Back when we were kids, most of us had chores to do around the house. Some of us had to do them in the morning, some of us had to do them in the afternoon, and some of us had to do them one weekend morning. For just about everyone, there was a common theme: do your chores first, go out to play second.
That’s the way it worked: do your chores, then have fun.
The Facts of Adulting
When we’re kids, we maintained this nutty illusion that when we grow up, everything changes. We think when we turn eighteen we become the boss of all our daily activities. We get to do whatever we want whenever we want.
Then when we get to adulthood, we realize how wrong we were.
While we’d all love to have a life where all our obligations are things we enjoy, look forward to doing, and enriching to mind, body, and soul, the hard truth is different. Most of us have daily obligations that are difficult, uninspiring, and well – just not much fun.
So, there you are. An adult. With a mile-long list of things to do. Some are small and easy; some are onerous, time-consuming, and just plain beastly. One mistake many of us make is to tackle the easy things first, thinking that knocking them out is a good plan. We think it will free up more time for the difficult and uninspiring tasks later on.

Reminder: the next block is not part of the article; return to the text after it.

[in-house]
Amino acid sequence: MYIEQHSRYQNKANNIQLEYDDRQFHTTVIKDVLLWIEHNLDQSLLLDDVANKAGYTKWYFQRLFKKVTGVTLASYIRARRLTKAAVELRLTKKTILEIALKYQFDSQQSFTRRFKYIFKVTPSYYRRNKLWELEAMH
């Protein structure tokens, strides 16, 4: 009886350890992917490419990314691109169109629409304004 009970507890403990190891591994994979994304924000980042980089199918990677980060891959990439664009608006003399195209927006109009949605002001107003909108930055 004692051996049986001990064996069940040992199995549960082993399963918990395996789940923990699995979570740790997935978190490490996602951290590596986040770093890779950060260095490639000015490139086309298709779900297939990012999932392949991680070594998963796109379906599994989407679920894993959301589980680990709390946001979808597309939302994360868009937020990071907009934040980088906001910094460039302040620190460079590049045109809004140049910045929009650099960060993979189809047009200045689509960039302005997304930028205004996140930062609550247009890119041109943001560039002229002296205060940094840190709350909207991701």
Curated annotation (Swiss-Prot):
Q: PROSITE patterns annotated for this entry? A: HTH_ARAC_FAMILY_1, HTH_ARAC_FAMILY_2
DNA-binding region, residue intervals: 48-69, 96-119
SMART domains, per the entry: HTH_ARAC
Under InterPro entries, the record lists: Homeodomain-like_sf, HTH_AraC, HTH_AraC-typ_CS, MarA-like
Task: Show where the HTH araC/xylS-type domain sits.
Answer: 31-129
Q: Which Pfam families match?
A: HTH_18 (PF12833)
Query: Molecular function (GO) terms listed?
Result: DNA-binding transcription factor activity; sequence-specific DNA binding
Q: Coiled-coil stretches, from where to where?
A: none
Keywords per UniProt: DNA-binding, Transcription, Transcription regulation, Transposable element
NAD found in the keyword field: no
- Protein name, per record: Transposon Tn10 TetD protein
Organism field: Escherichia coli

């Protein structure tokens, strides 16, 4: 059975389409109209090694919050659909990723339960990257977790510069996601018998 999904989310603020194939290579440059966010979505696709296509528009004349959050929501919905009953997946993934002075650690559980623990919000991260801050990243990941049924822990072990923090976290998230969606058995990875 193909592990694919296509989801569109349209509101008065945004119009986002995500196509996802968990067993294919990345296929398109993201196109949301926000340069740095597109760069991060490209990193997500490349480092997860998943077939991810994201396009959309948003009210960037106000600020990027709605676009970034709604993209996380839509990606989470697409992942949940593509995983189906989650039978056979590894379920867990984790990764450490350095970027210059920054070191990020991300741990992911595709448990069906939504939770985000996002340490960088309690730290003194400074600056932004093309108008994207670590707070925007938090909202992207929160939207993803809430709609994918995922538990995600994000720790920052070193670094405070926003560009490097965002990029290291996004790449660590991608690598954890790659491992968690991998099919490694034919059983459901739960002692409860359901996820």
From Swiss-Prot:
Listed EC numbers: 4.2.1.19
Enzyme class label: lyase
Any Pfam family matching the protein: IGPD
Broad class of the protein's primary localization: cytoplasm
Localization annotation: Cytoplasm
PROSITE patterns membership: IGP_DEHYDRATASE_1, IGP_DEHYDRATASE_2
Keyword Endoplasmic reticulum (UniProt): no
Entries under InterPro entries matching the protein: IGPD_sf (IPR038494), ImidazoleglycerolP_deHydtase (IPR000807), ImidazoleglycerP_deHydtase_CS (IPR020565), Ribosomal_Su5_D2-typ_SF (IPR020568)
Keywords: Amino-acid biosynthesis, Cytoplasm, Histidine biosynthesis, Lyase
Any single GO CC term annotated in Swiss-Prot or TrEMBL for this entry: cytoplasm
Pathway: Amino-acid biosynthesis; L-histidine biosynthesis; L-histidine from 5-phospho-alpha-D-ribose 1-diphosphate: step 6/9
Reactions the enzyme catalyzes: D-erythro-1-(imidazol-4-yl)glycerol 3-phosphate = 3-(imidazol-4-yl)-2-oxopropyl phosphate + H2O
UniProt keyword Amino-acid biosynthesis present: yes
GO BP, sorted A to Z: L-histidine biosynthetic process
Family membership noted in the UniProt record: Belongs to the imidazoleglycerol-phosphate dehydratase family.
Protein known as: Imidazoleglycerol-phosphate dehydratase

The problem with that can be summed up with an adage from weightlifting: the last five pounds are always the hardest.
There’s also a psychological cost. Lurking in the background the entire time we’re doing the easy little things is the nagging, creeping dread of the tasks to come. This creates an unnecessary drag on our energy and time.
Our process grinds along. We become inefficient, stressed, and miserable.
Do The Hardest Thing First
When I begin a project that has many moving parts, but one challenging central task, I always pick the biggest, ugliest, hairiest beast first – and I get it done. Once I finish that, everything else is a breeze. I’m on a roll, riding a high of accomplishment.
Everything seems easy, in comparison. I set them up and knock them down, one by one.
Before I know it, I’m done with my chores, and then I live my adulting dream: I get to be boss of me – just like I always thought it would be.